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Variant calling: Samtools QUAL from NGS data Vs. Sanger quality score
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21 months ago
omer.k • 20

So I've sequenced samples with MinION NGS platform, and analysed for SNPs via SAMtools/BCFtools. To corroborate or reject these SNVs I've sequenced the same samples via Sanger.

According to the VCF spec (V4.2):

Phred-scaled quality score for the assertion made in ALT. i.e. −10log10 prob(call in ALT is wrong). If ALT is ‘.’ (no variant) then this is −10log10 prob(variant), and if ALT is not ‘.’ this is −10log10 prob(no variant). If unknown, the missing value should be specified. (Numeric)

When examining the VCF file generated by the SAMtools/BCFtools pipeline, I find that the QUAL column indicates values from as low as 5.0... to as high as 196.0 for an alternative allele, with DP values on the order of 10^3 (which makes me happy, as it increases my confidence of this position being a SNP).

When I sequence by Sanger the same position, it may also support the alternative allele. But Sanger quality scores are maximum 60 in my data, and it seems from the The Sanger FASTQ file format for sequences with quality scores, that the Phred score indicated here are similar: -10*log10(Probability of base erroneously called).

  1. Why are these quality scores (NGS, Sanger) so distinctly different than each other?
  2. Is MinION NGS data not coded in Sanger+33 ASCII base, same as Sanger?
  3. Is a comparison between the two quality scores a valid one, to some extent?
  4. Edit: is there another parameter in the VCF format of my NGS data which correspond to the Sanger phred score, perhaps 'MQ' ("Root-mean-square mapping quality of covering reads")?
Sanger NGS • 433 views
Entering edit mode
13 months ago
Freiburg, Germany
  1. You're comparing apples and oranges. For the VCF file, it's the probability that the variant call was wrong. In the fastq file it's the probability that the single base was called incorrectly. The call in the VCF file is derived from potentially thousands of reads, the fastq file is a single read. As an aside, actual Sanger sequencing produces files in a different format, I assume you actually used NGS given that.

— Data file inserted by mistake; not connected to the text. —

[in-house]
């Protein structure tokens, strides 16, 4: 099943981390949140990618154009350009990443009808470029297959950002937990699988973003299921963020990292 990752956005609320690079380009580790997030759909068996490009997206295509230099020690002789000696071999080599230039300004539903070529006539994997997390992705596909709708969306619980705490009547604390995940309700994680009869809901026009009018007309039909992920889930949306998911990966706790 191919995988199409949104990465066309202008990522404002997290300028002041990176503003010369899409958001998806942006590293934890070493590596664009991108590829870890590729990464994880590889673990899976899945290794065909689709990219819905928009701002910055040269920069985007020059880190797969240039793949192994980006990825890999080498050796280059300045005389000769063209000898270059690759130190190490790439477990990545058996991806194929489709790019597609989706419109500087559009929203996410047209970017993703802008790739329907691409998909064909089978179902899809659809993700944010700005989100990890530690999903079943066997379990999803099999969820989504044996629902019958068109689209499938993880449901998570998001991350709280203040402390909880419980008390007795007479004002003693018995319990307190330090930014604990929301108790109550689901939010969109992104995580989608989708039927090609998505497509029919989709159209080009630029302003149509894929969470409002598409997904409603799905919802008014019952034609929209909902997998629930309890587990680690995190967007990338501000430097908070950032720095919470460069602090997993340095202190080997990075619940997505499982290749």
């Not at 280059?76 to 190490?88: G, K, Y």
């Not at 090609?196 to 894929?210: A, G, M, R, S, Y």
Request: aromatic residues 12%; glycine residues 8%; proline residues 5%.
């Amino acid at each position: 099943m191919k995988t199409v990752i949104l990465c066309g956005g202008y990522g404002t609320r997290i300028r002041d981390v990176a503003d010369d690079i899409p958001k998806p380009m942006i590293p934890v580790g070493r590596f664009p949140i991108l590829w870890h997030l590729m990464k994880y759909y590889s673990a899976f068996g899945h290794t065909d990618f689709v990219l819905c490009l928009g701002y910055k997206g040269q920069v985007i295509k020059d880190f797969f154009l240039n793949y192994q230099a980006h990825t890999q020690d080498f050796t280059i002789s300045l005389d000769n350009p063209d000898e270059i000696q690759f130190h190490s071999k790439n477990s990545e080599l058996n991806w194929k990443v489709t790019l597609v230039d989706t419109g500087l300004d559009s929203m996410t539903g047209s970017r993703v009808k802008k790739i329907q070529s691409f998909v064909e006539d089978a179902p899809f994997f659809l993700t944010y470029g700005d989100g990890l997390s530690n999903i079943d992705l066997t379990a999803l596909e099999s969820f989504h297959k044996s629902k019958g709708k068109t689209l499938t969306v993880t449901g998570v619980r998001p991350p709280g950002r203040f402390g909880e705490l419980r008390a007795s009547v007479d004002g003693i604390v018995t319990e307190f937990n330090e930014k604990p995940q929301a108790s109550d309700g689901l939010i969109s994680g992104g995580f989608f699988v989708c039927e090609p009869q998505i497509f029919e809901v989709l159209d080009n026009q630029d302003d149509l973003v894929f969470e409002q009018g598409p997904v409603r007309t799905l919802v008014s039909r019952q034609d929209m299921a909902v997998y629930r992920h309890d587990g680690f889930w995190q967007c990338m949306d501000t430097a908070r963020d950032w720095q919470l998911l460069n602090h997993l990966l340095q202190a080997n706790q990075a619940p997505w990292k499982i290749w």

2. Yes, but that's not relevant to what's in the VCF file. The MinION reads are MUCH lower quality than that, it's only their combined effect that allows accurate variant calling.
  3. Actual Sanger sequencing is absurdly more reliable than a MinION. Illumina sequencing is also more reliable, though much less so.
  4. As indicated in 1, you're not looking at similar things. Have a look at the hdf5 from the Minion. It will contain base qualities that are comparable to the Sanger (or Illumina) scores. You'll note that they're lower.

Actual Sanger base scores can be >60. When you call variants you usually use more than 1 of them (ideally two in each direction), so the resulting variant quality score would again be higher (100+).

Entering edit mode

Thanks for the elaborate answer Devon. True, MinION data is generally less accurate, but this is also why I've filtered them (average Q score > 7) prior to alignment, and obviously, as you've mentioned, there are tens, sometime 100's of thousands of reads which are aligned against the reference.

  1. What is the general range of 'QUAL' which SAMtools mpileup produces, and how is it calculated?
  2. On the same note, what would be a good lower cap on these scores to indicate a SNV trust-worthy?

BTW, Ryan, for context sake, I'm dealing with finding SNVs which by nature may be underexpressed in comparison to the reference allele. Which is why Sanger too, may not be the best validation tool as far as I known. Only Illumina, which is not qualitative, but quantitative, may produce an indication which is reliable to the best extent.

Entering edit mode

I've never looked into the details of bcftools (samtools mpileup is deprecated) and suggest you search this site for thresdolding variant calls.

It sounds like you're calling variants from RNAseq data, in which case please try to note that in your questions, since it's fairly atypical.


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